In fact, further evolution of humanity is not possible without the proper use of free will. Humanity does not mean just intelligence and power of speech; morality is its most significant and greatest ingredient. It implies exercising one's options responsibly and judicially because these are the factors which entitle a mammal to be called a human.

Morality or ethics is man's concern as how to act voluntarily in relation to others and also maintain his dignity as a human. Man's actions and responses spring from his bodily movements and reflexes which are determined by his physical make-up. However, the truth is that though man as a structure is a symbol of determinism, his actions are not stereotype. He may not have absolute control over his body but he has sufficient command over it to mould its benaviour. This is the reason that human life is not mechanical like that of the heavenly bodies, and he largely does what he chooses to do. This power of choosing is free will. Without it development of morality, the essence of humanity is not possible.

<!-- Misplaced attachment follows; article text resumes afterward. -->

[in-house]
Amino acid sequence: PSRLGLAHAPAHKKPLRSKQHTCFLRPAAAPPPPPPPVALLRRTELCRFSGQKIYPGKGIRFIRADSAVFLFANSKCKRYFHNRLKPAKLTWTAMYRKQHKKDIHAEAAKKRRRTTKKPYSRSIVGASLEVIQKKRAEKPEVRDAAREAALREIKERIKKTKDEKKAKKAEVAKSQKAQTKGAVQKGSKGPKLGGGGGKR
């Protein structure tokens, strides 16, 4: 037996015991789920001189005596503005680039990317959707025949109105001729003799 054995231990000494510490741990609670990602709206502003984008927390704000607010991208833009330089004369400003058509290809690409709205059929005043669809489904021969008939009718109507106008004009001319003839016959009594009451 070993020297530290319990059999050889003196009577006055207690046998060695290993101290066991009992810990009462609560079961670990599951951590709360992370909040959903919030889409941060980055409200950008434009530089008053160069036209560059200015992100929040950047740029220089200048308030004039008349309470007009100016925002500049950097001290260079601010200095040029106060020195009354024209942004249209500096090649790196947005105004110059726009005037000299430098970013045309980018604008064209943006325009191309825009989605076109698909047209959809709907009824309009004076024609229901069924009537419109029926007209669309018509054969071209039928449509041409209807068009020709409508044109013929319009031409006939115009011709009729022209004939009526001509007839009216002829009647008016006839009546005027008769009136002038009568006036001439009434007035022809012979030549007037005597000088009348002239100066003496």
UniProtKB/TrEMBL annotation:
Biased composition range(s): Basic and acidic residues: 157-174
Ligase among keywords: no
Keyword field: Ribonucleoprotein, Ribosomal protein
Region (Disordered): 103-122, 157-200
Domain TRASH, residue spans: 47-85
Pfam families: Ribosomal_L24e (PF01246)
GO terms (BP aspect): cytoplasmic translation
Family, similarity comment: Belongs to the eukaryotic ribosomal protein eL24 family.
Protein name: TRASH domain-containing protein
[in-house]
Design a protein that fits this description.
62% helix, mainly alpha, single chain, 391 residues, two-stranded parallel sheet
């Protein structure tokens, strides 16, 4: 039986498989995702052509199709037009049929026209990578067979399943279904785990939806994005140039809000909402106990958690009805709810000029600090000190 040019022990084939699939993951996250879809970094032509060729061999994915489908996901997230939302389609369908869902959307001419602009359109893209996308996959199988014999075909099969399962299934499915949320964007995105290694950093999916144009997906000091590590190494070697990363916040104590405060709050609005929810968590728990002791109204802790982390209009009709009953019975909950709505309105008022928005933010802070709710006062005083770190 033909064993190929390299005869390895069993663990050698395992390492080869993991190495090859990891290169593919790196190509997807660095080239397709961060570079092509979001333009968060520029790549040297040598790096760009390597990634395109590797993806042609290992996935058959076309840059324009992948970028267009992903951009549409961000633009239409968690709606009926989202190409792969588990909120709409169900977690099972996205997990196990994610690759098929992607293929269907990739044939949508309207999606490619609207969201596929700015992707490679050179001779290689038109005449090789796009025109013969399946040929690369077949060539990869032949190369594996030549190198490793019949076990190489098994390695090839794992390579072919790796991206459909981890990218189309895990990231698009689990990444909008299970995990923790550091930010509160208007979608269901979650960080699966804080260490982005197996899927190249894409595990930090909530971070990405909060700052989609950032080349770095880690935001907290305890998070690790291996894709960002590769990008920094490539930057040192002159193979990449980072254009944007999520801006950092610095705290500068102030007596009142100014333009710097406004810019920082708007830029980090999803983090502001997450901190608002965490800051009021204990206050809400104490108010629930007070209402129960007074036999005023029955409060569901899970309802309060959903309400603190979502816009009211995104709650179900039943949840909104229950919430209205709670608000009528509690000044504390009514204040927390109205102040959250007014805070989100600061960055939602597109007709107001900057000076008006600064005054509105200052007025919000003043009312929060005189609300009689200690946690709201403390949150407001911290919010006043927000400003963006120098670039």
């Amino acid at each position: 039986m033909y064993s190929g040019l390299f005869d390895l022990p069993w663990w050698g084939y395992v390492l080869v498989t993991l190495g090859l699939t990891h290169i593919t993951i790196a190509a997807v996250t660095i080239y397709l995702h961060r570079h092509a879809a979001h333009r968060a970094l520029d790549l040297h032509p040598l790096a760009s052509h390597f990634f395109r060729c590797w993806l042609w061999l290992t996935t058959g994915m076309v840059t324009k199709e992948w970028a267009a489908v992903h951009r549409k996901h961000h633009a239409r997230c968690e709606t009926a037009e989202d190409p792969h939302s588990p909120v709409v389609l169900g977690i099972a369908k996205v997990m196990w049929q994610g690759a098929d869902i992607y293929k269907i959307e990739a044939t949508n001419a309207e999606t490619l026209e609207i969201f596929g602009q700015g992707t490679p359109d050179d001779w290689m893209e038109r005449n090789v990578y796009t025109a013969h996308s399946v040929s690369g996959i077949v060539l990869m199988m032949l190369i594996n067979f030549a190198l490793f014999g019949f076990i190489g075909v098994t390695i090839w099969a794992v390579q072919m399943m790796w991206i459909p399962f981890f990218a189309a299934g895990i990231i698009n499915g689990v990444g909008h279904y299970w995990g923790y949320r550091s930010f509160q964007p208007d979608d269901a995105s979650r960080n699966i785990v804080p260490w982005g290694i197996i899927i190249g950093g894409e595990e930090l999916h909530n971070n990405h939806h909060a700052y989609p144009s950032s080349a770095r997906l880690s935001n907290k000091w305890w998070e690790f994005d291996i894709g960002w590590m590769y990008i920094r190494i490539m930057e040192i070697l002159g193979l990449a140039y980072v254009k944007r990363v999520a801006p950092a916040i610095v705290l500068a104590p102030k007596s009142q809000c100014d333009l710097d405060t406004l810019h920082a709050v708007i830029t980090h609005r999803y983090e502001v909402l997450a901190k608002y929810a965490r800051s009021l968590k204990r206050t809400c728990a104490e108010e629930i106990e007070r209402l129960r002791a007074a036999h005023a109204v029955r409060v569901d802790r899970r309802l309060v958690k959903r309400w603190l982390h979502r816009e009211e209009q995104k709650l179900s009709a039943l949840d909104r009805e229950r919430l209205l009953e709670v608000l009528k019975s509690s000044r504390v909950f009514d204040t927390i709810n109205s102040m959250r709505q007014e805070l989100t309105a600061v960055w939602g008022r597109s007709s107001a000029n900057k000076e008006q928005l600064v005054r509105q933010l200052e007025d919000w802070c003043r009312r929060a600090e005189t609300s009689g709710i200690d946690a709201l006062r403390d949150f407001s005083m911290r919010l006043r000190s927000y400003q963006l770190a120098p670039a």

Greater mystery is associated with free will than anything else. Change of dust into atoms, atoms into cells and cells into humans, clearly indicates that the universe is involved in a struggle for self-improvement. Man seems to be its highest peak, and it is denoted by his free will. Is man really the apex of the universal improvement? It cannot be; man is still imperfect. Therefore, the process of universal improvement must go beyond man. There must be a higher plane of existence which is perfect for being free from disease, decline and death. Thus, free will, the mystery, leads even to a greater mystery. This is the state of eternity, brimming with hope, hilarity and happiness. One may call it godhead. What is it? One must probe into the mystery, which is posed by the mystery of free will.

The proper enquiry into this problem requires that we should acknowledge thc reality of free will instead of wailing about determinism, which is tne fountain of free will. The concept of free will and its force vouch for the fact that man is born to be free, and therefore, all hurdles such as superstition, poverty, ignorance, injustice, tyranny, despotism, etc., which impede the course of free will and freedom, must be cleared with dare, dignity and dedication.

Free will is the virtue which must be exercised with a sense of responsibility. A free man's life expresses the greatness of free will, and it is this state of living, which deserves to be called liberty.